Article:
Do you believe in fairies? No? Well, most fairies don’t believe in you, either. Nor gnomes, pixies, or others in the magical realm. At least according to a new book entitled The Land of Stone Flowers. But don’t worry. A few believe. And they have been taking notes.
Though the cover image makes it appear otherwise, The Land of Stone Flowers: A Fairy Guide to the Mythical Human Being isn’t so much a book about fairies as one about us. The cover’s gorgeous fairy-based foil art gives us a glimpse into the world of the fairy, but it doesn’t quite reflect what’s inside. Inside, we learn about what the fairies think of us. The humans.
The publisher claims that the original of this book, which was the size of a marigold, was sent in with a note from a child asking them to reproduce it, but larger, so he or she could read it. They did their best, and the result is that we can all now read and see what the members of this magical world think of us humans based on their observations. You can get the unique perspective of the other worldly beings of the Glimmering Land of Maar, including gnomes, fairies, elves, and more. It’s a joint effort of many magical being storytellers, such as Tanterobobous the Meek, Khaft Gnome, Fairy Flamboya, and others. The book is broken down into categories:
- What Is a Human Being?
- The Magical World of Humans
- Morality and Customs
- The Human Language
- Connections Between the Human World and the Glimmering Land
Throughout, the book is filled with many different styles of illustration, to reflect the joint authorship. And the pages inside the book even look like they are worn, paged through many times. So much so that you’ll do a double take, touching the pages and looking closely, before you realize that it’s just printed that way. The publishers really captured the look and feel of the original, though.
The editor of the book, the one who gathered all of these stories together, is Gnome Khaft (or Khaft Gnome—it’s written differently in different spots). He had quite an experience accidentally spending time among humans (for three human years!). After his return to the Glimmering Land of Maar, he traveled around to gather other creatures’ stories about what they knew about humans.
See, many magical creatures don’t believe in the existence of humans. But some believe the stories they’ve heard about humans, and a few have had experiences with humans themselves. This book’s editor believes he has gathered together indisputable proof (unlike when people hear about the strawberry toad cult, for example). This many magical creatures can’t be wrong. Right?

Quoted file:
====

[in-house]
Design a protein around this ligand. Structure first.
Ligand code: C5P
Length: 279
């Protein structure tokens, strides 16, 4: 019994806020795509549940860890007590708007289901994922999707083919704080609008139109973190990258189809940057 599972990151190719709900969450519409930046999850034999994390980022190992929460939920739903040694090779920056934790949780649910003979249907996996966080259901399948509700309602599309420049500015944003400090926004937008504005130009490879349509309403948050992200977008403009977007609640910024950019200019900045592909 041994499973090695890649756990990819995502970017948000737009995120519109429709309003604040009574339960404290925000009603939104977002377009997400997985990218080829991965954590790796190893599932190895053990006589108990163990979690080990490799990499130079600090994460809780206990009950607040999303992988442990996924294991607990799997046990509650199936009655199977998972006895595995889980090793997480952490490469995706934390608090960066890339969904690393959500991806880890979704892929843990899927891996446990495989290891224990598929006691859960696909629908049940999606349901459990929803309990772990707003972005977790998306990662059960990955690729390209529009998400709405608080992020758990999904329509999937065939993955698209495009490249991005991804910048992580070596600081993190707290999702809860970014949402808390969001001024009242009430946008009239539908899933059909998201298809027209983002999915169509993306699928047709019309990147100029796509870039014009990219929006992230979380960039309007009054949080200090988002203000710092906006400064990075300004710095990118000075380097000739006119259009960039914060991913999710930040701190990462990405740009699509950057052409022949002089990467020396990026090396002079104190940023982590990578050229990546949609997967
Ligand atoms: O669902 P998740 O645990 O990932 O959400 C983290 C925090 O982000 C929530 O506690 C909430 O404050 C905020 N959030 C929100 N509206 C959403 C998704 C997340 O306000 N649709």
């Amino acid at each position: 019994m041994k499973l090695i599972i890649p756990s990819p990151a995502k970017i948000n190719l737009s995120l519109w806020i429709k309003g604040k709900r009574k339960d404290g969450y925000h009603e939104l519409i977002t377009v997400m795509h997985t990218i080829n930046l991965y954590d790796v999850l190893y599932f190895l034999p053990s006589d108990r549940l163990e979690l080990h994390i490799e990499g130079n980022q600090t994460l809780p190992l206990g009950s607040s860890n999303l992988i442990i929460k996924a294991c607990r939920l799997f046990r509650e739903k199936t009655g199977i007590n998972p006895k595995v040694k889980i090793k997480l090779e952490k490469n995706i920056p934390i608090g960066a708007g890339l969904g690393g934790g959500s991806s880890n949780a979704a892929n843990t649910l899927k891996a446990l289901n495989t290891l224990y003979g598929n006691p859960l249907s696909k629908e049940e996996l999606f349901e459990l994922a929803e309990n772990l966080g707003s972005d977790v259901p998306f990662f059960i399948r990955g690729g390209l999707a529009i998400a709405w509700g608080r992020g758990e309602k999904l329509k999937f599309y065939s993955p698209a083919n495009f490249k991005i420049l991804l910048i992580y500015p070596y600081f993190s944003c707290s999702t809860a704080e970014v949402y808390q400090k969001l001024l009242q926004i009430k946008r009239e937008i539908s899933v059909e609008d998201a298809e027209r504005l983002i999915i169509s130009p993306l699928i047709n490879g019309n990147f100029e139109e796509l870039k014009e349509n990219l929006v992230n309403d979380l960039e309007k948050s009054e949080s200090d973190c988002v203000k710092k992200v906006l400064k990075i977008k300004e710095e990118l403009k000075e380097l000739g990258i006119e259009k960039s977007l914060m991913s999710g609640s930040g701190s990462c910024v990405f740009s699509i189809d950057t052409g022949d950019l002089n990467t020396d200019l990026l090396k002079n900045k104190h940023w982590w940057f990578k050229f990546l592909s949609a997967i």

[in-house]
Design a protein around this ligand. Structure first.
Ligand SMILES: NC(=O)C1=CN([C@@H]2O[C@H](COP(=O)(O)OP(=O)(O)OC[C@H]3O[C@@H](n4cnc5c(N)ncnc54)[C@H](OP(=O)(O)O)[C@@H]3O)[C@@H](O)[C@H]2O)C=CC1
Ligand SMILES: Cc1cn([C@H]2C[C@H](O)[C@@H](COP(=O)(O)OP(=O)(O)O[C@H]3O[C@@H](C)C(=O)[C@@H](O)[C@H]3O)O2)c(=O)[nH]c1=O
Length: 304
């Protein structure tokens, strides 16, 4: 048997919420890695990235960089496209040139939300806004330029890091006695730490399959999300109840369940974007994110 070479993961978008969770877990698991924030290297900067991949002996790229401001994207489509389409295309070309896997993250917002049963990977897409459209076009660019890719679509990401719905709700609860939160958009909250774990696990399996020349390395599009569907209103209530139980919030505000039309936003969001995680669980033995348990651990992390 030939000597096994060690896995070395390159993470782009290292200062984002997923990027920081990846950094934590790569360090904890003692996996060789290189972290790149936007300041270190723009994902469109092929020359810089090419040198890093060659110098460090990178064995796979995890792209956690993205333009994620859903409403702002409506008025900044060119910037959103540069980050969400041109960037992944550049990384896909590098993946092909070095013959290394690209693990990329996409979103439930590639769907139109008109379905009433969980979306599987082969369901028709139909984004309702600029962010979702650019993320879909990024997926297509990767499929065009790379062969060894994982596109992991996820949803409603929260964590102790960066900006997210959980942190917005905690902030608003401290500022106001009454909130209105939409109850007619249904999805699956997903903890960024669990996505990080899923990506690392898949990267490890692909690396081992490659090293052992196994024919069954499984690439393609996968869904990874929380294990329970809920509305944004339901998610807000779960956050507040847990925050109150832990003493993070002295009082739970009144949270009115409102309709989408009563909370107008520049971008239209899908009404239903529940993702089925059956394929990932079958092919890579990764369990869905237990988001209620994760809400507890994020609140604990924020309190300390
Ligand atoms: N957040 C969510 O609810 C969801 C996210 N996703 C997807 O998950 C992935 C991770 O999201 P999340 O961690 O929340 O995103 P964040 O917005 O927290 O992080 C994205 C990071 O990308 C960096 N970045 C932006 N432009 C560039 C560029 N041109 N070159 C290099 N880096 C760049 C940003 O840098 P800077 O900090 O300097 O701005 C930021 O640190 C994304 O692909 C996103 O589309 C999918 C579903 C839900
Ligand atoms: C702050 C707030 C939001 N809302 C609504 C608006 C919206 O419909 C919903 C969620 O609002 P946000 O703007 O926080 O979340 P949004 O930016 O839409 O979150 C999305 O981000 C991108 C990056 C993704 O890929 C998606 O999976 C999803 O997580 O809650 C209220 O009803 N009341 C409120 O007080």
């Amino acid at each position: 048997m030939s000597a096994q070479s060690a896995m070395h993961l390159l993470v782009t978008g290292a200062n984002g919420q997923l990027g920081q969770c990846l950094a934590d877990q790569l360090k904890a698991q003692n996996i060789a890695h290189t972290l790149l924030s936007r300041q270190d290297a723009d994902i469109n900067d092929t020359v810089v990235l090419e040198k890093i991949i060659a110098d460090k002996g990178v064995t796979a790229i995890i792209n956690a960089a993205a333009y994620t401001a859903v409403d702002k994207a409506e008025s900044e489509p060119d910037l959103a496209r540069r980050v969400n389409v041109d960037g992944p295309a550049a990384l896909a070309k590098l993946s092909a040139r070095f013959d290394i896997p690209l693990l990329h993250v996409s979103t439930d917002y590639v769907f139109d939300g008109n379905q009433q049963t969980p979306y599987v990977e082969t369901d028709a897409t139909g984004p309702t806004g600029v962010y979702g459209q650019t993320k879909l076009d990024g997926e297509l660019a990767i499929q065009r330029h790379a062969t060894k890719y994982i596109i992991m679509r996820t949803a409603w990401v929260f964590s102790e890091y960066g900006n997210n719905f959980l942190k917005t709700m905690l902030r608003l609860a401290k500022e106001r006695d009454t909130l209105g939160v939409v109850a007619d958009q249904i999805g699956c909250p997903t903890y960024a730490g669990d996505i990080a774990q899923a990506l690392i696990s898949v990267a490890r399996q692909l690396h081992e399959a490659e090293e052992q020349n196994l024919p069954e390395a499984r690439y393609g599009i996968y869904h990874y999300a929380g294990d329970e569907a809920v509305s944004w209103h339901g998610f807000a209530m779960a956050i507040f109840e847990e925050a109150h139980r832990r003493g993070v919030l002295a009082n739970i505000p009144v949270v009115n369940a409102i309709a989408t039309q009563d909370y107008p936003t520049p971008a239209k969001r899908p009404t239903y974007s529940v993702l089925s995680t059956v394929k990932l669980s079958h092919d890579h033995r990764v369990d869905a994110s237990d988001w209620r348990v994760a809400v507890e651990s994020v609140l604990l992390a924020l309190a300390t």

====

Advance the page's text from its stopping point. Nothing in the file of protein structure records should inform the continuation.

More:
The title of the book, The Land of Stone Flowers, reflects the magical creatures’ view of what the human world is like. “Stone flowers” are our cities (but not our settees or streets or seats—you’ll understand if you read the book). The book covers specific features of humans and our way of life. You’ll learn about the part of our brain called a cherubral vortex (where all the cherubs spin around the room, naturally), how we use photographs to attempt to capture the fleeting essence of a person, why we have to get around by means of iron insects, and how many of our products are confusing, such as our glowing boxes that we spend so much time gazing upon.
You’ll even learn about this magical world’s origin story, along with how this world actually fits into the greater scheme of things. You’ll learn about humans from a completely mixed up, misconstrued perspective made by creatures who have only gotten glimpses into our world without any context or the ability to ask questions. But, though it’s disguised as fanciful fiction, this priceless volume of knowledge reveals so many of humanity’s truths that pages of my Commonplace Book are now filled with quotes from it.
The Land of Stone Flowers is so lighthearted and delightful, you’ll savor its contents and its gorgeously illustrated pages. There is so much to study. Reading and re-reading will uncover new delights each time. I’ve found myself losing minutes while studying the varied and often extremely detailed illustrations, which range in style from traditional fairy art to Art Nouveau to line art. And, despite the obvious confusion on the part of many of the magical creatures, be sure to look for the truisms that are more true than much of what is written by humans themselves. These creatures seem to have the ability, once they look past the superficial, to get at the essence of humanity.
Note: There may be a reference or two to more adult-oriented concepts (i.e., sex!), but it’s described in such a way as to probably go over the heads of anyone of the “too young” variety, if there is such a thing.
And the book even comes with a ribbon bookmark, which is a very nice touch. It also makes it easier to savor the book, reading each entry slowly, and then reflecting on what it can tell us about how we see ourselves, or what we should be seeing in ourselves.
After reading The Land of Stone Flowers, you’ll come away with a new appreciation for the magical world, for your own world, and for your place in it. And you’ll learn to laugh a bit more at yourself and those around you. You may even start believing in magic. Magic that is invented in our minds and made real by our words and our pens. Magic that adds life to the human experience. Magic that touches even people like me who are strongly rooted in logic and objective truth.
In the end, all I can say is, “Wow.” This book is a masterpiece.
(Do note, however, that the actual author and illustrator for the book is Sveta Dorosheva, an extremely talented being of her own. She admits to (legally) borrowing some of the imagery from other books, but the rest she illustrated herself.)
Note: I received a copy of this book for review purposes.